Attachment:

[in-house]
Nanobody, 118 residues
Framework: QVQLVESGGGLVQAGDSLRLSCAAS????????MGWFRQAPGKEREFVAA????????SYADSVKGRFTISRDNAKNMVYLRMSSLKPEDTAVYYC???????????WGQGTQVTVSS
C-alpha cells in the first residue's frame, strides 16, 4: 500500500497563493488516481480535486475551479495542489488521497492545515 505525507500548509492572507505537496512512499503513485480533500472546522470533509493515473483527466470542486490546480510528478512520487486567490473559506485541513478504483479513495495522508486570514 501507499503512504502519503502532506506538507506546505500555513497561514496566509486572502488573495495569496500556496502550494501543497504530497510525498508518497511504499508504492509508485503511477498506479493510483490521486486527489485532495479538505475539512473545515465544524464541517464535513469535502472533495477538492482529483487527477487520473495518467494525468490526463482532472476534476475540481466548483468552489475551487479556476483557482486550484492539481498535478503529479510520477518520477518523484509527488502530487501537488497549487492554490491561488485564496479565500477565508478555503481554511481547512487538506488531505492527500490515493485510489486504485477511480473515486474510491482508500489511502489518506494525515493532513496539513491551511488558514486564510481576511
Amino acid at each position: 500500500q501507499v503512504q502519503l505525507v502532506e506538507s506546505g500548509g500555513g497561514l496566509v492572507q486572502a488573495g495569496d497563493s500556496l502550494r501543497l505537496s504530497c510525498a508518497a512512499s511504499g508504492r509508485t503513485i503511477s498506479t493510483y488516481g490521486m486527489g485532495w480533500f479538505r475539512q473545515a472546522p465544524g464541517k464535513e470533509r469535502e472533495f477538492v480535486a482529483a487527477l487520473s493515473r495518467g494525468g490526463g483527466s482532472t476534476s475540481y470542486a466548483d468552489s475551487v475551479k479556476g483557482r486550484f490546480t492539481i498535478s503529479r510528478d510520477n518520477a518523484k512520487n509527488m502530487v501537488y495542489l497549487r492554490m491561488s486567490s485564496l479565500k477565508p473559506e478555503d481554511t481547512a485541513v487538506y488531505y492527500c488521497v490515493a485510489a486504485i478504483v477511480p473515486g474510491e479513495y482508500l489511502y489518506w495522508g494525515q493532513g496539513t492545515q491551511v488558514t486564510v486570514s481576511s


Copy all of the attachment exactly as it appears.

[in-house]
Nanobody, 118 residues
Framework: QVQLVESGGGLVQAGDSLRLSCAAS????????MGWFRQAPGKEREFVAA????????SYADSVKGRFTISRDNAKNMVYLRMSSLKPEDTAVYYC???????????WGQGTQVTVSS
C-alpha cells in the first residue's frame, strides 16, 4: 500500500497563493488516481480535486475551479495542489488521497492545515 505525507500548509492572507505537496512512499503513485480533500472546522470533509493515473483527466470542486490546480510528478512520487486567490473559506485541513478504483479513495495522508486570514 501507499503512504502519503502532506506538507506546505500555513497561514496566509486572502488573495495569496500556496502550494501543497504530497510525498508518497511504499508504492509508485503511477498506479493510483490521486486527489485532495479538505475539512473545515465544524464541517464535513469535502472533495477538492482529483487527477487520473495518467494525468490526463482532472476534476475540481466548483468552489475551487479556476483557482486550484492539481498535478503529479510520477518520477518523484509527488502530487501537488497549487492554490491561488485564496479565500477565508478555503481554511481547512487538506488531505492527500490515493485510489486504485477511480473515486474510491482508500489511502489518506494525515493532513496539513491551511488558514486564510481576511
Amino acid at each position: 500500500q501507499v503512504q502519503l505525507v502532506e506538507s506546505g500548509g500555513g497561514l496566509v492572507q486572502a488573495g495569496d497563493s500556496l502550494r501543497l505537496s504530497c510525498a508518497a512512499s511504499g508504492r509508485t503513485i503511477s498506479t493510483y488516481g490521486m486527489g485532495w480533500f479538505r475539512q473545515a472546522p465544524g464541517k464535513e470533509r469535502e472533495f477538492v480535486a482529483a487527477l487520473s493515473r495518467g494525468g490526463g483527466s482532472t476534476s475540481y470542486a466548483d468552489s475551487v475551479k479556476g483557482r486550484f490546480t492539481i498535478s503529479r510528478d510520477n518520477a518523484k512520487n509527488m502530487v501537488y495542489l497549487r492554490m491561488s486567490s485564496l479565500k477565508p473559506e478555503d481554511t481547512a485541513v487538506y488531505y492527500c488521497v490515493a485510489a486504485i478504483v477511480p473515486g474510491e479513495y482508500l489511502y489518506w495522508g494525515q493532513g496539513t492545515q491551511v488558514t486564510v486570514s481576511s